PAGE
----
2nd HMA Exhibition Critique

nuhou winter 2014

Panelists (left to right): Jared Stone, Larry Maruya, Theresa Papanikolas, Neida Bangerter, Jaimey Hamilton Faris, and Moderator: Karen Kosasa.

By Stacy Hoshino, Hawaii Council for the Humanities.




The European and American Art Galleries of the Honolulu Museum of Art were the featured exhibition to be critiqued. The evening’s format was made up of two sets of panelists: Field Professionals, Jaimey Hamilton Faris, Associate Professor of Art History at the University of Hawai‘i at Mänoa, and Neida Bangerter, Gallery Director of the Schaefer International Gallery, at Maui Arts & Cultural Center; and the second set of panelists was the Honolulu Museum of Art Exhibition Team, consisting of Theresa Papanikolas, Curator of European and American Art, Larry Maruya, Installation Designer, and Jared Stone, Art Director. The discussion was moderated by Karen Kosasa, Director of the Museum Studies Graduate Certificate Program at the University of Hawai‘i at Manoa.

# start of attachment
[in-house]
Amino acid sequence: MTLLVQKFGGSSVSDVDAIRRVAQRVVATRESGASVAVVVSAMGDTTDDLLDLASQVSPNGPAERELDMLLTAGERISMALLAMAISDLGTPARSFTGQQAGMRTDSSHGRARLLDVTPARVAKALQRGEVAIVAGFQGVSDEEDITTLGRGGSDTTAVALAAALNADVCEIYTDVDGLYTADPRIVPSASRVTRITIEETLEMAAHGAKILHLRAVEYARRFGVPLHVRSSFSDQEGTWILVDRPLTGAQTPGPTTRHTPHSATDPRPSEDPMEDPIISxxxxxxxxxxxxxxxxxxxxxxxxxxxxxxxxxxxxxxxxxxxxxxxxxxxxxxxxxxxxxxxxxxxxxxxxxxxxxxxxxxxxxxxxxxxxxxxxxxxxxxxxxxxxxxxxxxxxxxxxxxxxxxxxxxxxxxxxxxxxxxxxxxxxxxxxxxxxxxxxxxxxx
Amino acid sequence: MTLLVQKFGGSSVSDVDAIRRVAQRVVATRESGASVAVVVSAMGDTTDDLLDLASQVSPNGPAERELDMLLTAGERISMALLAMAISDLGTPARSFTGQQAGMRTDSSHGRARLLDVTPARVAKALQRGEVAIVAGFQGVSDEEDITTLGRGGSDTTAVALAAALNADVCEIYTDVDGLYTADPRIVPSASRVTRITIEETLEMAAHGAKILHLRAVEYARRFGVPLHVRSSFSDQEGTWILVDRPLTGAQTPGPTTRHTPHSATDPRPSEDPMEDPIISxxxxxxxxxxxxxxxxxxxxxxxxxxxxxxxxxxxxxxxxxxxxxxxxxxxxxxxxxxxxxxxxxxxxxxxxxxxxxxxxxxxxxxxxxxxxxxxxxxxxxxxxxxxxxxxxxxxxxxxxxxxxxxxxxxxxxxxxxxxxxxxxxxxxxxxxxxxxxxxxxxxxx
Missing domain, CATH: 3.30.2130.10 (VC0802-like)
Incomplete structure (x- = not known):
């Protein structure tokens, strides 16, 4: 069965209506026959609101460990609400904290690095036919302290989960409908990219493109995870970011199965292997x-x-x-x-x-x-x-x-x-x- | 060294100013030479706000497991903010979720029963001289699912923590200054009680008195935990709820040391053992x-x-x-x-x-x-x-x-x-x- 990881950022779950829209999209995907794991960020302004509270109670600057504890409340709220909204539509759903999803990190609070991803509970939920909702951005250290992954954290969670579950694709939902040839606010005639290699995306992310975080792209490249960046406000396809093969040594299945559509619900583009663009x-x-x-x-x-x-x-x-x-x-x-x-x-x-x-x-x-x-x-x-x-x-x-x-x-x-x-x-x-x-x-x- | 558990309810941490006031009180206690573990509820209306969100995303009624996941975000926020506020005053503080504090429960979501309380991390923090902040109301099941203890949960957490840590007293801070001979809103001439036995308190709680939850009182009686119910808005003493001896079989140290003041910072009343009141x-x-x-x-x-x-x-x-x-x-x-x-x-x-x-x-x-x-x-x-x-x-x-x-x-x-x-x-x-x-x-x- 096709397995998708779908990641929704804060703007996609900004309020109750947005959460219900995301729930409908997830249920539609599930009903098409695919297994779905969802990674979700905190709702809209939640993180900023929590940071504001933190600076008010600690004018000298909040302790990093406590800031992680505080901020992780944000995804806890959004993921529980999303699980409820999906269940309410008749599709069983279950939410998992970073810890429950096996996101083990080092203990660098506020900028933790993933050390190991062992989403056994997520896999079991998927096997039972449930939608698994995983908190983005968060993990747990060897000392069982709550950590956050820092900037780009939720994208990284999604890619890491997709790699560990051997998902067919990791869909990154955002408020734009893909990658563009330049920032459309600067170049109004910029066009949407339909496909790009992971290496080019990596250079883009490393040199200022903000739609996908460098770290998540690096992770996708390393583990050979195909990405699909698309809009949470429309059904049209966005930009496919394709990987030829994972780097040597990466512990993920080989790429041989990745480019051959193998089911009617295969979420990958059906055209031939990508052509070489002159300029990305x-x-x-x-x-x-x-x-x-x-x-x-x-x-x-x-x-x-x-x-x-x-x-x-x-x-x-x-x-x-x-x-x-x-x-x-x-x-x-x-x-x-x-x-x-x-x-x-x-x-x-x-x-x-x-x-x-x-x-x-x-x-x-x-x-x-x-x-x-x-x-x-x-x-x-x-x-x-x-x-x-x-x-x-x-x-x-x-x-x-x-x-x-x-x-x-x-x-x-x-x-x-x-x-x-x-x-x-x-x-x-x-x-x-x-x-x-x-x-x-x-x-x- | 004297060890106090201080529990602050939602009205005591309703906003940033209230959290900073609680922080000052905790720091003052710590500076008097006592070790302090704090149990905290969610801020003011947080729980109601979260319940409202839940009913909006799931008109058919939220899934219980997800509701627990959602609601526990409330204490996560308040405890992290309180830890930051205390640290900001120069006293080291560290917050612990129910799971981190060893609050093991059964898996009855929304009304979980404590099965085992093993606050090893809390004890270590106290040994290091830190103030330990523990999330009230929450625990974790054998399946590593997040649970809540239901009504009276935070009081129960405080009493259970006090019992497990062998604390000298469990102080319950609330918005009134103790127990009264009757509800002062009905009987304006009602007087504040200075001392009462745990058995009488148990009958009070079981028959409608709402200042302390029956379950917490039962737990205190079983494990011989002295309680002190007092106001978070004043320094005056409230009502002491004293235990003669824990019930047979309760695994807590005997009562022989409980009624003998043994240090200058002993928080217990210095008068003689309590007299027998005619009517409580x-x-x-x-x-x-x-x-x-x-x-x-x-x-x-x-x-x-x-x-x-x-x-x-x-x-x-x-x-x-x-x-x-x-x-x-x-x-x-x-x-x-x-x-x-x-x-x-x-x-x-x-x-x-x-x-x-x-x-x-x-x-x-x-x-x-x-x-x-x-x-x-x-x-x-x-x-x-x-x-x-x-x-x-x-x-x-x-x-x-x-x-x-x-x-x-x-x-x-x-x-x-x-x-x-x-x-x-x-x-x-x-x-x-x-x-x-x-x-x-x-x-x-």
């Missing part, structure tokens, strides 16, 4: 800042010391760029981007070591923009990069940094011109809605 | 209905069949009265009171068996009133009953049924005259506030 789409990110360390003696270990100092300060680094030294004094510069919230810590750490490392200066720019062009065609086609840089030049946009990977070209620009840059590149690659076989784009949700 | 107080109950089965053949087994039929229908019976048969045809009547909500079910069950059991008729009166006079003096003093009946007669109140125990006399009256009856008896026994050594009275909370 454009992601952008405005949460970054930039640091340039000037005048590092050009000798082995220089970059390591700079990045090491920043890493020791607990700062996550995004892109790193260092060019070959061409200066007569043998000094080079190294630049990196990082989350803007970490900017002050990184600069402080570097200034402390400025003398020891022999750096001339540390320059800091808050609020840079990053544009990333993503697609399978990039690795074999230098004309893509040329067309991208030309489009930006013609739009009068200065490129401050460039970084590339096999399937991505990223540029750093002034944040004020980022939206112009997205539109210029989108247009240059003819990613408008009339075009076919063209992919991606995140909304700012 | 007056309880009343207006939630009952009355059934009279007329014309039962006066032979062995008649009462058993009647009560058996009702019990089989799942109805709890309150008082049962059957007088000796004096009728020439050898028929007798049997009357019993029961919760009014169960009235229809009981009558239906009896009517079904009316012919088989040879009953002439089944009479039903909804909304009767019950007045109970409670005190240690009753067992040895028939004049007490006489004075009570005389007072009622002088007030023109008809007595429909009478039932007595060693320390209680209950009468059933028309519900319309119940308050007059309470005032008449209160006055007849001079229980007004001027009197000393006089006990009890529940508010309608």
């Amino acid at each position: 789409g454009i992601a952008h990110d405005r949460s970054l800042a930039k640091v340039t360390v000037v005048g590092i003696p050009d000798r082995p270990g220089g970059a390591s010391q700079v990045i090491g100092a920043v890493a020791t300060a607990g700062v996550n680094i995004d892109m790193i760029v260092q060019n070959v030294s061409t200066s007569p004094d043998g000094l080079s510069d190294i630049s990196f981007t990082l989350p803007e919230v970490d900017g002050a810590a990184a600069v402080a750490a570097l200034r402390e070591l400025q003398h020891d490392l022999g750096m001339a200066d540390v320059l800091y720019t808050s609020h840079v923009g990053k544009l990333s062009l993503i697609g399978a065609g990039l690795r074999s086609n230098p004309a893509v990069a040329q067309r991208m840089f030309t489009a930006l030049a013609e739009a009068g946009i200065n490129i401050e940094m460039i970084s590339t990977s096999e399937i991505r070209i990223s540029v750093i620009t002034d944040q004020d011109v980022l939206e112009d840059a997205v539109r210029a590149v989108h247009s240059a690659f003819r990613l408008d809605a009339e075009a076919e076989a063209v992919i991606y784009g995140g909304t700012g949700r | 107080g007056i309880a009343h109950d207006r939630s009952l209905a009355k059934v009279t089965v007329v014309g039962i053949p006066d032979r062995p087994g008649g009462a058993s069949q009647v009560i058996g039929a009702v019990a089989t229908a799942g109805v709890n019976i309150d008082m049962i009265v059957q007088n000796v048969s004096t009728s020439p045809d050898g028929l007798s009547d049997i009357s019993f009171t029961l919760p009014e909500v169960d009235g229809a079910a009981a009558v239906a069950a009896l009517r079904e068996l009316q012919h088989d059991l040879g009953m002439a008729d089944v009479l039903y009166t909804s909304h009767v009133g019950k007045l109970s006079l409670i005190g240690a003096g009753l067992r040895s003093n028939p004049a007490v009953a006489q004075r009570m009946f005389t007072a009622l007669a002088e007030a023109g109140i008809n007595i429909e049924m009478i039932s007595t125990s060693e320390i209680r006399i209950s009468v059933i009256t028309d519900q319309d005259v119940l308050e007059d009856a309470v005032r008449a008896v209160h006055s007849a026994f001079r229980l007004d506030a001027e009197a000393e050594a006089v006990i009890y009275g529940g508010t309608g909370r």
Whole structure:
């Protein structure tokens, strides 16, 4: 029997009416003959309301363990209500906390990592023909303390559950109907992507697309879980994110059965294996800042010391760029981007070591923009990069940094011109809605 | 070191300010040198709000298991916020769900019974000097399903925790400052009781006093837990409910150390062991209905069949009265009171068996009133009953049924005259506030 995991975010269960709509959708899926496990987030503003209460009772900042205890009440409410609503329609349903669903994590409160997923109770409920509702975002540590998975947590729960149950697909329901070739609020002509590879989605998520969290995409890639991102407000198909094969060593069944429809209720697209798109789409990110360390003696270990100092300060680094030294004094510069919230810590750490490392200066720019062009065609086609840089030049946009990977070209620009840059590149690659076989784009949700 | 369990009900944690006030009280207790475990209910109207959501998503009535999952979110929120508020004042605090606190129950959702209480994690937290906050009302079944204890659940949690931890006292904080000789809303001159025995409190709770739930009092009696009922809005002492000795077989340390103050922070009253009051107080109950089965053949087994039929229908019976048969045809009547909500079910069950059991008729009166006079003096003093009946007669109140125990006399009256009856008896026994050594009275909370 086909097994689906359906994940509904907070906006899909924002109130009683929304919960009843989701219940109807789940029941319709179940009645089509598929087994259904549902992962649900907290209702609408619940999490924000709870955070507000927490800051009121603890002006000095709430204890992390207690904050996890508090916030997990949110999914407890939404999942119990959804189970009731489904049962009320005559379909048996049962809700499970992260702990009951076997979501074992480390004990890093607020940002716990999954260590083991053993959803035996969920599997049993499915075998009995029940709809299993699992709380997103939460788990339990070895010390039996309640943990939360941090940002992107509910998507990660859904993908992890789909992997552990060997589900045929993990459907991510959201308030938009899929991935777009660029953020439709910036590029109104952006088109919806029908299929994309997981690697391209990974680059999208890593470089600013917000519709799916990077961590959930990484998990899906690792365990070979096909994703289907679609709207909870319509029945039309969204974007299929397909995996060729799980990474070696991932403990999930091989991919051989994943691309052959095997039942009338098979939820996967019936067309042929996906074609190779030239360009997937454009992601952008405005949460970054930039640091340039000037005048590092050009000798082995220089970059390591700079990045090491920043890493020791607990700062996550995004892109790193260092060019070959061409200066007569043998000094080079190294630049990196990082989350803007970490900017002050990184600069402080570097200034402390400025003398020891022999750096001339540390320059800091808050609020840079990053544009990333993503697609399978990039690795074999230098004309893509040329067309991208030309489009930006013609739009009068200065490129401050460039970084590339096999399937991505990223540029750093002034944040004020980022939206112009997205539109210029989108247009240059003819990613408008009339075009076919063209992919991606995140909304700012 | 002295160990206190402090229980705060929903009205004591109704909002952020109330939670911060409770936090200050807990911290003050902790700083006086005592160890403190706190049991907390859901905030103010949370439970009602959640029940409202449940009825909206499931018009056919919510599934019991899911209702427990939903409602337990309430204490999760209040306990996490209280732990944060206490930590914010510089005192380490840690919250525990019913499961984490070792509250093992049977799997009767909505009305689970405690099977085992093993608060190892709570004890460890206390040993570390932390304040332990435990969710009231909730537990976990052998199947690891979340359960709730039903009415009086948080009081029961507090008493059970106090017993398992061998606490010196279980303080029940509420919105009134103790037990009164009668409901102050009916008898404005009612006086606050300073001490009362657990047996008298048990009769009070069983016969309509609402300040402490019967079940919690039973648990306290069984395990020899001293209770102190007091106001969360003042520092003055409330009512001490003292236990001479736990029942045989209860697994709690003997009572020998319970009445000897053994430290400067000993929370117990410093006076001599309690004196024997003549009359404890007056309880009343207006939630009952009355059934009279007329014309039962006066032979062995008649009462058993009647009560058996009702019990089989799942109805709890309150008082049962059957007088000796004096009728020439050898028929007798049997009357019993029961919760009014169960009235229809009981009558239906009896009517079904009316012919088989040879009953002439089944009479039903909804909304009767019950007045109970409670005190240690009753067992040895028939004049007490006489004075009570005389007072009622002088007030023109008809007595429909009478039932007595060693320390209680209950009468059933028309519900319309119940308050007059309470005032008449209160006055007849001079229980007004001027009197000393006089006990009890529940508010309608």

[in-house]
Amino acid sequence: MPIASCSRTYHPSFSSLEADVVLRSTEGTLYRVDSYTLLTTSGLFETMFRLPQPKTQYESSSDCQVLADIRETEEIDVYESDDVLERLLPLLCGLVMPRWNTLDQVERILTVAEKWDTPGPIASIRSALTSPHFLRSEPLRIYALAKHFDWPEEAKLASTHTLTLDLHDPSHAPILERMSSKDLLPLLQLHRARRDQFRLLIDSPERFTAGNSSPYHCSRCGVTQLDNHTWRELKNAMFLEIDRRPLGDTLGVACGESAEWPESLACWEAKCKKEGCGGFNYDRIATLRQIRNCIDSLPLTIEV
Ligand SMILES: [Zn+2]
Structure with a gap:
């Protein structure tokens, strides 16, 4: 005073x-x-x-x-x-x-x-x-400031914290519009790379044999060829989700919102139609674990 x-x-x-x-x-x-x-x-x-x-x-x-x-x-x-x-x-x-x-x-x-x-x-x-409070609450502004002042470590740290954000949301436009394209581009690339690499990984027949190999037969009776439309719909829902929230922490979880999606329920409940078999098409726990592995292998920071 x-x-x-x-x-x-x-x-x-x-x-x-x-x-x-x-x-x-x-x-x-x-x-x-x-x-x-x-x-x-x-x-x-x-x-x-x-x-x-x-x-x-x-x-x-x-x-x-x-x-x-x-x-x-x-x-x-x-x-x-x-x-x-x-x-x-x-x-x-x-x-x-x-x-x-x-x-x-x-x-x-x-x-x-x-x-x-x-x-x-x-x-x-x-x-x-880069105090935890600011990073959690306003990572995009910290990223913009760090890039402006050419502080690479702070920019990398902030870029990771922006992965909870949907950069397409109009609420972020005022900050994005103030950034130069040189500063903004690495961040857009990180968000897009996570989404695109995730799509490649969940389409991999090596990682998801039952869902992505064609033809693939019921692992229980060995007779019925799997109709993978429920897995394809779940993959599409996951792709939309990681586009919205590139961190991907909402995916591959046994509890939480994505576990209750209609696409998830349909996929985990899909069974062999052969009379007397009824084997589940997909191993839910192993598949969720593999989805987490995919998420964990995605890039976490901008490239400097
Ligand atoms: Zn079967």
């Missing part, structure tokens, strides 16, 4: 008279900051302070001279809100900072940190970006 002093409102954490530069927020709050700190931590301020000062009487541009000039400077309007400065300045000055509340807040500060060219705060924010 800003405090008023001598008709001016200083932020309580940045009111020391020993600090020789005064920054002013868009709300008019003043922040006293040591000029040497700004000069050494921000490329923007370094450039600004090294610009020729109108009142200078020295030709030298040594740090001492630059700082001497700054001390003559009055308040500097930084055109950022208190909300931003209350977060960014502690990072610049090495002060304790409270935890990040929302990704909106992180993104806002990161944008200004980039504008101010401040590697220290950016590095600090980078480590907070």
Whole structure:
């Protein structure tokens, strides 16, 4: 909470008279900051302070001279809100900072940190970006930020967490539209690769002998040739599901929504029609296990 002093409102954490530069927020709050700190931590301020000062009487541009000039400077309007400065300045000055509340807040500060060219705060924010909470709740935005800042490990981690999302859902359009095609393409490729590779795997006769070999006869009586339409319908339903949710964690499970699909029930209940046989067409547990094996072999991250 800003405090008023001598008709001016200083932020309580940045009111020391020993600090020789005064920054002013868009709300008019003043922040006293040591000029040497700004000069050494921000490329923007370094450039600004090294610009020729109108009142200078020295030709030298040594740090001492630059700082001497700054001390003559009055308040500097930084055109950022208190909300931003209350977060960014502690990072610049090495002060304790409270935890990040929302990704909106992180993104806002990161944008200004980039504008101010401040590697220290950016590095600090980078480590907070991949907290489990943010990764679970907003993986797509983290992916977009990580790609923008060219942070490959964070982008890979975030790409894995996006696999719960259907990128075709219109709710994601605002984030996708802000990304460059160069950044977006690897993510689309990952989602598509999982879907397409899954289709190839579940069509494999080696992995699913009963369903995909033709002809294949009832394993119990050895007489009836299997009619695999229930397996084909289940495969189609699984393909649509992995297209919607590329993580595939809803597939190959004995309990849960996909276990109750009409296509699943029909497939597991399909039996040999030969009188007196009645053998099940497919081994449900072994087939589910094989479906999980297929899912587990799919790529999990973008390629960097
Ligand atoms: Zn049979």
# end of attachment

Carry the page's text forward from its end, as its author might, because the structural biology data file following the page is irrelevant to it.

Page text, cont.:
With over 50 people in attendance, they listened to thoughtful and provocative critiques on curatorial choices and ways of seeing and learning by the Field Professionals, and the Museum staff responded to their comments. Some questions posed were, “What is the responsibility of the museum to address diversity and public engagement and to take risks to meet the needs of diverse communities?” “How are museums providing other ways of engaging with their displays by offering more than the usual looking and reading experience?” “Can new technologies, such as QR codes, and cell phones, offer a richer visitors experience?” Relevant “nuts and bolts” questions were asked such as, “How did staff choose wall colors?” “Why deep cases were used to display prints and drawings which made it difficult to view the artwork.” Towards the end, the critique was open to the audience for questions while the evening’s discussion continued. 

As with the first, the goal of the second HMA Exhibition Critique was to investigate best practices, objectives, and the choices made in creating exhibitions; cultivate critical thinking and engagement of the work we do; allow for a professional critique of an exhibition in a public forum; and encourage attendees to think about the comments and issues raised.

By |2016-10-17T05:26:06+00:00March 29th, 2014|Newsletter|0 Comments

About the Author:

Leave A Comment

This site uses Akismet to reduce spam. Learn how your comment data is processed.